martingaleNotes

# martingaleNotes - IEOR 4106: Introduction to Operations...

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Unformatted text preview: IEOR 4106: Introduction to Operations Research: Stochastic Models Spring 2009, Professor Whitt Supplementary Notes on Martingales and Brownian Motion April 28-30, 2009 1. Martingales We start by defining a martingale, working in discrete time. Definition 0.1 Let { X n : n ≥ } and { Y n : n ≥ } be stochastic processes ( sequences of random variables ) . We say that { X n : n ≥ } is a martingale with respect to { Y n : n ≥ } if ( i ) E [ | X n | ] < ∞ for all n ≥ and ( ii ) E [ X n +1 | Y ,Y 1 ,...,Y n ] = X n for all n ≥ . a. More on Definition 0.1. In Definition 0.1 we think of the stochastic process { Y n : n ≥ } constituting the history or information . Then { Y k : 0 ≤ k ≤ n } is the history up to (and including) time n . The random variables Y k could be random vectors, as we illustrate below. We simply say that { X n : n ≥ } is a martingale if { X n : n ≥ } is a martingale with respect to { X n : n ≥ } ; i.e., if the history process { Y n : n ≥ } is the stochastic process { X n : n ≥ } itself. We then also say that { X n : n ≥ } is a martingale with respect to its internal history (the history generated by { X n : n ≥ } ). In the literature on martingales, the histories are usually characterized via sigma-fields of events, denoted by F n for n ≥ 0. We know whether or not each of the events in F n occurred by time n . We then write instead of (ii) above: ( ii ) E [ X n +1 |F n ] = X n for all n ≥ , where F n is understood to be the history up to time n . With that notation, we assume the history is cumulative, starting at time 0. Then F n can be understood to be shorthand for { Y k : 0 ≤ k ≤ n } . b. Conditional Expectation In order to understand the definitions above, we need to understand conditional expec- tation. The basic concepts are reviewed in the first four sections of Chapter 3 in Ross. In particular, we need to know what E [ X | Y ] means for random variables or random vectors X and Y . For this, see p. 106 of Ross. By E [ X | Y ], we mean a random variable. In particular, E [ X | Y ] = E [ X | Y = y ] when Y = y . Thus E [ X | Y ] can be regarded as a deterministic function of the random variable Y , which makes it itself be a random variable. Since (in the discrete case) E [ X ] = X y E [ X | Y = y ] P ( Y = y ) = E [ E [ X | Y ]] , we have the fundamental relation E [ E [ X | Y ]] = E [ X ] for all random variables X and Y . As a consequence, for a martingale { X n : n ≥ } with respect to { Y n : n ≥ } , we have E [ X n +1 ] = E [ E [ X n +1 | Y ,Y 1 ,...,Y n ]] = E [ X n ] for all n ≥ . Thus, by mathematical induction, for a martingale E [ X n ] = E [ X ] for all n ≥ 1. This last expected-value relation is a consequence of the martingale property, but it is not equivalent; the martingale property implies more than that....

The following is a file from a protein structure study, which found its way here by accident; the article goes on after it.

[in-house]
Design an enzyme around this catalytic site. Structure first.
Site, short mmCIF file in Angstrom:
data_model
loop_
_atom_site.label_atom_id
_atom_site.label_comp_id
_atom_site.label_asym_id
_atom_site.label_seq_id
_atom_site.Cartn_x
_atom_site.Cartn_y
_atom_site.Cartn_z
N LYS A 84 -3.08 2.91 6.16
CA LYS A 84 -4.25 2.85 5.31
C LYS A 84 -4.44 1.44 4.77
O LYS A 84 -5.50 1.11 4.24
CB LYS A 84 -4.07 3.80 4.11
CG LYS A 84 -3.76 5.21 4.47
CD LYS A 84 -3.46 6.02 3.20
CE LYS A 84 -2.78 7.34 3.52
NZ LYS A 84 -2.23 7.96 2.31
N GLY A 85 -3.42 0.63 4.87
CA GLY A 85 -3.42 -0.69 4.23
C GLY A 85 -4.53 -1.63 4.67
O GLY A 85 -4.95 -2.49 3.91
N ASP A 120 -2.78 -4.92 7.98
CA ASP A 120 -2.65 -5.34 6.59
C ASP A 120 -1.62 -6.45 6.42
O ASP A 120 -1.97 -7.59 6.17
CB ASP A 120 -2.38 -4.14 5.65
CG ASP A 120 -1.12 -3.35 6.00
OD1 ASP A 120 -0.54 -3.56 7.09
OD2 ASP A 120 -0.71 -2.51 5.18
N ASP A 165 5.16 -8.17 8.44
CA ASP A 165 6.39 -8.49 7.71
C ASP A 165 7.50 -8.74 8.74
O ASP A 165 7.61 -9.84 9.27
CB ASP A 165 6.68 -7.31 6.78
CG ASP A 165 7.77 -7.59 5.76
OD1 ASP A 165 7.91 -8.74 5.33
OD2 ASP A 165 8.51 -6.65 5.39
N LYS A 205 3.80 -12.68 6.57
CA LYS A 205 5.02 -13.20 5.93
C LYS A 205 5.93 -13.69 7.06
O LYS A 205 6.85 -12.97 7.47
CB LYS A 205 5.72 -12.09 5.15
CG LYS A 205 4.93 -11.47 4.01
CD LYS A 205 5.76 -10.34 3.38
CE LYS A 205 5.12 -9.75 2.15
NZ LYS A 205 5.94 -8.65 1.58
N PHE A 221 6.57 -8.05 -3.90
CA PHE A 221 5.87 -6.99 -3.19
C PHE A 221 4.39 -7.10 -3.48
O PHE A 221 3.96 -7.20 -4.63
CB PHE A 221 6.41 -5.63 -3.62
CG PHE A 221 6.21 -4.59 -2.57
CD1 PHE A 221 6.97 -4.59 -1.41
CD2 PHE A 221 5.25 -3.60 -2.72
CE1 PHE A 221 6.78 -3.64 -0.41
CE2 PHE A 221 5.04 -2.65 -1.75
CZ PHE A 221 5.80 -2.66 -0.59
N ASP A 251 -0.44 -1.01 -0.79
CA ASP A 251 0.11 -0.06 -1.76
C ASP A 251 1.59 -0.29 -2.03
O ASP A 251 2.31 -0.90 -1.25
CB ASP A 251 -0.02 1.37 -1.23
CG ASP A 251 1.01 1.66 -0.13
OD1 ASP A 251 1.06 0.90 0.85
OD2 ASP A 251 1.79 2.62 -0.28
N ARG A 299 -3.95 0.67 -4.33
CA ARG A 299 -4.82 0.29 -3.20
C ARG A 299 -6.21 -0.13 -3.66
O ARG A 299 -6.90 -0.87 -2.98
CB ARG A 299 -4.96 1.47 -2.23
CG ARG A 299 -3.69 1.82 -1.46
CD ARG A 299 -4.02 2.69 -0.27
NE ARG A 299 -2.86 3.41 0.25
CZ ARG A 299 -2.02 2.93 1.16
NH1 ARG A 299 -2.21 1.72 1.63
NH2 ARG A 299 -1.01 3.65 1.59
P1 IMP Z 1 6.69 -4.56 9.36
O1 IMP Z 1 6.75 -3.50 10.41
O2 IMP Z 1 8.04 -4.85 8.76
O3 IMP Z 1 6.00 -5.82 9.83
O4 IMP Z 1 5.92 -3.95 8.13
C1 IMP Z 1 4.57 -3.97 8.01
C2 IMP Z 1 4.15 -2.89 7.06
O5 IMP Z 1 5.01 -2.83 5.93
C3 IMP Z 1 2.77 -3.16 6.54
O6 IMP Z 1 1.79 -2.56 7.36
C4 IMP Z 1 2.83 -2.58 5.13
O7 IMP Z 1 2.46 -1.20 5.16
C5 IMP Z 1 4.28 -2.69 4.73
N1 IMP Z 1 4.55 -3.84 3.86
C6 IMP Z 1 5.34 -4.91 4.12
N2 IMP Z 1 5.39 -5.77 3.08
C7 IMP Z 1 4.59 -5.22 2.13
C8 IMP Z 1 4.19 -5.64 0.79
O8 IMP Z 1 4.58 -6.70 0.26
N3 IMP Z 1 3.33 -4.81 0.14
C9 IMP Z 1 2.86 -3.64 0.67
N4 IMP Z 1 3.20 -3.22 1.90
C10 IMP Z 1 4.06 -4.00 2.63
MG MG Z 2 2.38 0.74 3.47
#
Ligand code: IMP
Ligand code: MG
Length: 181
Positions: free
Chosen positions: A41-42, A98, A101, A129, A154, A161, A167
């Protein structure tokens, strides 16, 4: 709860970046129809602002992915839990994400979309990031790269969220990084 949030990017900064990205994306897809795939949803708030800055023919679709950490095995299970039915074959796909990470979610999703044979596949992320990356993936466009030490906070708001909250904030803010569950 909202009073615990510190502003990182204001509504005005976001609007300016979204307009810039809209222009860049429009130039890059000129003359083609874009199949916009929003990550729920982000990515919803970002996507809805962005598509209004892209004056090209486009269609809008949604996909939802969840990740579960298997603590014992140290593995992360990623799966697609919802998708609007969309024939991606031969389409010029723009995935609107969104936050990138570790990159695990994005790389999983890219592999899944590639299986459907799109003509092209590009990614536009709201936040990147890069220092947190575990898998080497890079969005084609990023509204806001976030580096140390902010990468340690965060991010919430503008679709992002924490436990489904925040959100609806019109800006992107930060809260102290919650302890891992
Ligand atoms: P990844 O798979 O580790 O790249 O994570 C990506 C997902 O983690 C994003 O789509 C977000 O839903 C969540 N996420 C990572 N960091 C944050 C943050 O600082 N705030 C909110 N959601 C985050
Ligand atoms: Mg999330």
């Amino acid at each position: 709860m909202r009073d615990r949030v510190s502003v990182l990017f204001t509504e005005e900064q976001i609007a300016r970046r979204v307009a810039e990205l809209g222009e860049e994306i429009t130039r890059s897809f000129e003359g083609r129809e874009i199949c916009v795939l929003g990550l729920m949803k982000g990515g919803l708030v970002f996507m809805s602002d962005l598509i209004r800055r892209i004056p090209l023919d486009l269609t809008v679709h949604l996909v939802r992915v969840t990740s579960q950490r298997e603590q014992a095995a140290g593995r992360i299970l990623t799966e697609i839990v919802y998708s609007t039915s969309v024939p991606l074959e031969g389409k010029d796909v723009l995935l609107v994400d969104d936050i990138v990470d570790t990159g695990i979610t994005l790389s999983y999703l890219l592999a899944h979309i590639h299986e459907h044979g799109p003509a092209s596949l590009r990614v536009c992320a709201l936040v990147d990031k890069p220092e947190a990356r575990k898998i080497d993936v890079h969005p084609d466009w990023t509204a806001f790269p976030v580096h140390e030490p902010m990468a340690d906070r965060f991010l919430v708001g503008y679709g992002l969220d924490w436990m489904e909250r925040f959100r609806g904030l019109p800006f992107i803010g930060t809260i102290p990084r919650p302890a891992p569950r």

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## This note was uploaded on 01/26/2011 for the course IEOR 4106 taught by Professor Whitt during the Spring '08 term at Columbia.

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martingaleNotes - IEOR 4106: Introduction to Operations...

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